You are aware that the Python list is pretty powerful: A list can hold any type and can hold different types at the same time. You can also change, add and remove elements.

This is wonderful, but one feature is missing.

When analyzing data, you'll often want to carry out operations over entire collections of values, and you want to do this fast. With lists, this is a problem.

Let's consider we have two lists

If you now want to calculate the Body Mass Index for each family member, you'd hope that this call can work, making the calculations element-wise.

Unfortunately, Python throws an error, because it has no idea how to do calculations with lists.

You could solve this by going through each list element one after the other, and calculating the BMI for each person separately, but this is terribly inefficient and tiresome to write.

A way more elegant solution is to use NumPy, or Numeric Python. It's a Python package that, among others, provides an alternative to the regular python list: the Numpy array.

Next, these regular lists were converted to Numpy arrays. The same operations now work without any problem: Numpy knows how to work with arrays as if they are single values

If you do try to create an array with different types, like this for example, the resulting Numpy array will contain a single type, string in this case. The boolean and the float were both converted to strings.

Second, you should know that a Numpy array is simply a new kind of Python type, like the float, string and list types from before

Take this Python list and this numpy array, for example:

This is wonderful, but one feature is missing.

When analyzing data, you'll often want to carry out operations over entire collections of values, and you want to do this fast. With lists, this is a problem.

Let's consider we have two lists

If you now want to calculate the Body Mass Index for each family member, you'd hope that this call can work, making the calculations element-wise.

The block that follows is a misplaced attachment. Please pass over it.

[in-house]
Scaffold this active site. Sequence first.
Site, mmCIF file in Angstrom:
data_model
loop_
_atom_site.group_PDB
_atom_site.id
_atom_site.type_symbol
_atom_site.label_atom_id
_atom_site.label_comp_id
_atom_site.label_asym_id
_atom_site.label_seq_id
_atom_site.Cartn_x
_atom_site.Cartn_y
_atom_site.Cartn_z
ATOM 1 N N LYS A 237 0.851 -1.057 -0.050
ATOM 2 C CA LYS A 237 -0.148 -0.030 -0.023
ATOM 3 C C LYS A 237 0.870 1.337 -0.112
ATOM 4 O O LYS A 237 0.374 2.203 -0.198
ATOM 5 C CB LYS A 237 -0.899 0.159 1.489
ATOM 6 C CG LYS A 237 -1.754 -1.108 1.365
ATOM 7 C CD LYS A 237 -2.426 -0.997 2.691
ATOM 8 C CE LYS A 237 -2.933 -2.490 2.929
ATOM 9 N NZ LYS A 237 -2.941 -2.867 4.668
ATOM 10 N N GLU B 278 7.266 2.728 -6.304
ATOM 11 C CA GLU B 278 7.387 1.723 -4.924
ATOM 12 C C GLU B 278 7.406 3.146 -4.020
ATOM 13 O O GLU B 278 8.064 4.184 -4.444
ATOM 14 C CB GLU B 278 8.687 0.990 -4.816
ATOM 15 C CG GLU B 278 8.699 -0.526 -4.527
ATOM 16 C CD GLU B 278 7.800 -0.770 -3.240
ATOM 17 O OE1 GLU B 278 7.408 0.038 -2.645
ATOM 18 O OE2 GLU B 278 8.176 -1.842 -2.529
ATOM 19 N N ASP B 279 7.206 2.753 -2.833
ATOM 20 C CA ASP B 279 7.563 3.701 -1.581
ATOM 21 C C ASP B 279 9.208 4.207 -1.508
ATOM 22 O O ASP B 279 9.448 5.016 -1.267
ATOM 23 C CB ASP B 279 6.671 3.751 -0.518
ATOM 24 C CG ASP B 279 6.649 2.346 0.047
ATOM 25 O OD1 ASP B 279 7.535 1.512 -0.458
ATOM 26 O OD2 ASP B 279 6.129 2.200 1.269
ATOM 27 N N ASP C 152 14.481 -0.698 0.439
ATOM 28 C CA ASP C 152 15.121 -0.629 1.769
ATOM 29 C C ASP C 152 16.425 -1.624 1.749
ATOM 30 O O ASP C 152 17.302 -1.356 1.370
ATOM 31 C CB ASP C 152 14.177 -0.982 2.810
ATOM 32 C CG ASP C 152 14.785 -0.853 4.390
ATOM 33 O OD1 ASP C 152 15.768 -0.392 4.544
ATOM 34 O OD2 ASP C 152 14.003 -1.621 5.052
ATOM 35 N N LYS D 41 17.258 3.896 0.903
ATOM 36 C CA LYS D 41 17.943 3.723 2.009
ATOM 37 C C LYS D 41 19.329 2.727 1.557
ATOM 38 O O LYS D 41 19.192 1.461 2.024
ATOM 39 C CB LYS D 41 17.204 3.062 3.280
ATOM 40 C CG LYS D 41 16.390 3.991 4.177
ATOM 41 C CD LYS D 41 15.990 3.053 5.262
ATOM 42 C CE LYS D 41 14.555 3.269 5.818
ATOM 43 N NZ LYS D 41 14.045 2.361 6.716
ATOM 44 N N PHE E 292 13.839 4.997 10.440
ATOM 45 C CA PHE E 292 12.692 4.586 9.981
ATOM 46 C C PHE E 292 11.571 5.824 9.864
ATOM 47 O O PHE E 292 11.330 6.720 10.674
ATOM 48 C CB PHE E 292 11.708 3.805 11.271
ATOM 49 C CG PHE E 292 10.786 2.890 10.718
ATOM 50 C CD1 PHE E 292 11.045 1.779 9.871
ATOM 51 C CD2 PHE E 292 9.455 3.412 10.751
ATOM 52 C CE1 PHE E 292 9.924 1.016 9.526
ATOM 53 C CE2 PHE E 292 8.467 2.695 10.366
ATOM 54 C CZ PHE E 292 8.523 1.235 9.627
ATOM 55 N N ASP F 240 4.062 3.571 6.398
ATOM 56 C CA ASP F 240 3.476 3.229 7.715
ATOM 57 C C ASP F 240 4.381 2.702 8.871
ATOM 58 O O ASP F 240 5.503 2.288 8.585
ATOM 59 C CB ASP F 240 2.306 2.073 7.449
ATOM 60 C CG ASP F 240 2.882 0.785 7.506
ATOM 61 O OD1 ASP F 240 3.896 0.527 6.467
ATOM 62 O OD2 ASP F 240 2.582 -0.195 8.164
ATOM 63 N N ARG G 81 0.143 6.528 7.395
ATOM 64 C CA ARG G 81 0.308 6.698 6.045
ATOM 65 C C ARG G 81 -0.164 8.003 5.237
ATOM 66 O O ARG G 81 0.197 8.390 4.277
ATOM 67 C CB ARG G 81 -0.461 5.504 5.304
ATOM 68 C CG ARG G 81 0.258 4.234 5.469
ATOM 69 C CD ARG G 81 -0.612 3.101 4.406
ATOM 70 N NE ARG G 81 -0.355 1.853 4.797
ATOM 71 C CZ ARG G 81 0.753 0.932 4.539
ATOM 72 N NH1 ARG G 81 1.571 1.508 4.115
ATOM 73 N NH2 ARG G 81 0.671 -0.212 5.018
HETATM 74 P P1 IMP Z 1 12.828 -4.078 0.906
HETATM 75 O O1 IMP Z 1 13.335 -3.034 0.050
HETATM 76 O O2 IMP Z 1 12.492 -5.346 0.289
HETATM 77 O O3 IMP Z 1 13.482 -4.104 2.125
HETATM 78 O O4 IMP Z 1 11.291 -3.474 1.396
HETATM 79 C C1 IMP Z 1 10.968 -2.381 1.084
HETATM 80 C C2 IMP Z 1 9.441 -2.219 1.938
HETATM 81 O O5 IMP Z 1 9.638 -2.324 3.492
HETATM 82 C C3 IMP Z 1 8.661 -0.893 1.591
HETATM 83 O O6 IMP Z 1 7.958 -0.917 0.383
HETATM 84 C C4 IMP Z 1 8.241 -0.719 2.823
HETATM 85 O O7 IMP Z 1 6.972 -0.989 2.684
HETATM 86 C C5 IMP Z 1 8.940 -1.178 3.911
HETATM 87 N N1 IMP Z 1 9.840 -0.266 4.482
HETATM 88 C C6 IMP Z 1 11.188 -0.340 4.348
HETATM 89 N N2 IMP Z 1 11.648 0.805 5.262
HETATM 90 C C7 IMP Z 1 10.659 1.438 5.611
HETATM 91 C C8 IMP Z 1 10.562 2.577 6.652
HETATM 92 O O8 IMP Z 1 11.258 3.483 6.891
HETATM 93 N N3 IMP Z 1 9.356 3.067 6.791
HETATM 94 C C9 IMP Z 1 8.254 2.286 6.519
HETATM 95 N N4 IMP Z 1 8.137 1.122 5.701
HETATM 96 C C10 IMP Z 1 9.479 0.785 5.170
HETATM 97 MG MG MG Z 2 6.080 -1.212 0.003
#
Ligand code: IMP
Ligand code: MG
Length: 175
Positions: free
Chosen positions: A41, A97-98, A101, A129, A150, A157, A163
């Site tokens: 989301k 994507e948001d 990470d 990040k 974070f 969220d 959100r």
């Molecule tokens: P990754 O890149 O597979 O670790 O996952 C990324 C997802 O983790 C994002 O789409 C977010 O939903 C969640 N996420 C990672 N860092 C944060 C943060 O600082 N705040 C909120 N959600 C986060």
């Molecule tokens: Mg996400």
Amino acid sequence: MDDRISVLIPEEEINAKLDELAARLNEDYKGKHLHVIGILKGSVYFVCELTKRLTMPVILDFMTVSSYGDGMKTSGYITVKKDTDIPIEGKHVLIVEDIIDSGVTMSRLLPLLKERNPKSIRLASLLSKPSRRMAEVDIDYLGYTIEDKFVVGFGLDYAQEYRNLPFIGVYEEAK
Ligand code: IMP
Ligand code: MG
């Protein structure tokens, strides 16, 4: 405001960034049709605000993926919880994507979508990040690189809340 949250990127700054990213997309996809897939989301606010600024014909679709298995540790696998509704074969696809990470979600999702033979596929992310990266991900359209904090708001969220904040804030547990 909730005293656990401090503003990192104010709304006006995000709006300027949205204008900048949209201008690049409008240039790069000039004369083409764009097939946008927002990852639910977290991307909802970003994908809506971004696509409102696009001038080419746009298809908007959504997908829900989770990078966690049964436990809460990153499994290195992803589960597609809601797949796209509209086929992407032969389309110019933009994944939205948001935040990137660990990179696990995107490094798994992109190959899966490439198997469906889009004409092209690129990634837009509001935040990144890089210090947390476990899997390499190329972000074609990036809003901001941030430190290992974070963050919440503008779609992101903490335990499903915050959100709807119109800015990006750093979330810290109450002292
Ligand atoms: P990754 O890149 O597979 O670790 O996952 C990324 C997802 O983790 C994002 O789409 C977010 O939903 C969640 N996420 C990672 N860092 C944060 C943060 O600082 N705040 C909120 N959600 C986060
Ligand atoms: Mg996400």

Unfortunately, Python throws an error, because it has no idea how to do calculations with lists.

You could solve this by going through each list element one after the other, and calculating the BMI for each person separately, but this is terribly inefficient and tiresome to write.

A way more elegant solution is to use NumPy, or Numeric Python. It's a Python package that, among others, provides an alternative to the regular python list: the Numpy array.

The Numpy
array is pretty similar to a regular Python list, but has one additional
feature: you can perform calculations over all entire arrays.

It's really easy, and super-fast as well.

Let's start with _creating_ a numpy array. You do this with Numpy's `array()` function: the input is a regular Python list. I'm using `array()` twice here, to create Numpy versions of the `height` and `weight` lists.
It's really easy, and super-fast as well.

Let's try to calculate everybody's BMI with a single call
again:

First,
we tried to do calculations with regular lists, like this, but this gave us an
error, because Python doesn't now how to do calculations with lists like we
want them to.

Next, these regular lists were converted to Numpy arrays. The same operations now work without any problem: Numpy knows how to work with arrays as if they are single values

First
of all, Numpy can do all of this so easily because it assumes that your Numpy
array can only contain values of a single type. It's either an array of floats,
either an array of booleans, and so on.

If you do try to create an array with different types, like this for example, the resulting Numpy array will contain a single type, string in this case. The boolean and the float were both converted to strings.

Second, you should know that a Numpy array is simply a new kind of Python type, like the float, string and list types from before

Take this Python list and this numpy array, for example:

If you do `python_list + python_list`, the list elements are
pasted together, generating a list with 6 elements.

If you do this with the numpy arrays, on the other
hand, Python will do an element-wise sum of the array:

Specifically for Numpy, there's also another way to do list
subsetting: using an array of booleans. Say you want to get all BMI values in
the bmi arrays that are over 23. A first step is using the greater than sign,
like this:

The result is a Numpy array containing booleans: True if the
corresponding bmi is above 23, False if it's below.

Next,
you can use this boolean array inside square brackets to do subsetting

- · The Numpy Package provides the array, a data type that can be used to do element-wise calculations.
- · Because Numpy arrays can only hold element of a single type, calculations on Numpy arrays can be carried out way faster than regular Python lists.

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